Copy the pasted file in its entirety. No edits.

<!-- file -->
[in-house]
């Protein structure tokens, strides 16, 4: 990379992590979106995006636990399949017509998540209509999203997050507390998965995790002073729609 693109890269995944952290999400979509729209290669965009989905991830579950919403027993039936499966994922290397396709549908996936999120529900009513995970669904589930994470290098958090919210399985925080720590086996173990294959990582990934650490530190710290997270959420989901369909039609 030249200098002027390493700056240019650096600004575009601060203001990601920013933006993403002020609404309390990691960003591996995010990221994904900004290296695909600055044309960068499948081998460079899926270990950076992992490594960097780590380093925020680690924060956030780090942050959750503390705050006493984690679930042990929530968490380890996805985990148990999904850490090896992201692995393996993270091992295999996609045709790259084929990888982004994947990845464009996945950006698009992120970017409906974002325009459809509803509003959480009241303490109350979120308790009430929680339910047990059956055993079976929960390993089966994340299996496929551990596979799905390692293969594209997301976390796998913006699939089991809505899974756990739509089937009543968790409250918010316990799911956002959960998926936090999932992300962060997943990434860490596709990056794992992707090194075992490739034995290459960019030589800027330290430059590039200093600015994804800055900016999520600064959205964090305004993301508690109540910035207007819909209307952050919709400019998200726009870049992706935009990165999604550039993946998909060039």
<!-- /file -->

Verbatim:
[in-house]
């Protein structure tokens, strides 16, 4: 990379992590979106995006636990399949017509998540209509999203997050507390998965995790002073729609 693109890269995944952290999400979509729209290669965009989905991830579950919403027993039936499966994922290397396709549908996936999120529900009513995970669904589930994470290098958090919210399985925080720590086996173990294959990582990934650490530190710290997270959420989901369909039609 030249200098002027390493700056240019650096600004575009601060203001990601920013933006993403002020609404309390990691960003591996995010990221994904900004290296695909600055044309960068499948081998460079899926270990950076992992490594960097780590380093925020680690924060956030780090942050959750503390705050006493984690679930042990929530968490380890996805985990148990999904850490090896992201692995393996993270091992295999996609045709790259084929990888982004994947990845464009996945950006698009992120970017409906974002325009459809509803509003959480009241303490109350979120308790009430929680339910047990059956055993079976929960390993089966994340299996496929551990596979799905390692293969594209997301976390796998913006699939089991809505899974756990739509089937009543968790409250918010316990799911956002959960998926936090999932992300962060997943990434860490596709990056794992992707090194075992490739034995290459960019030589800027330290430059590039200093600015994804800055900016999520600064959205964090305004993301508690109540910035207007819909209307952050919709400019998200726009870049992706935009990165999604550039993946998909060039």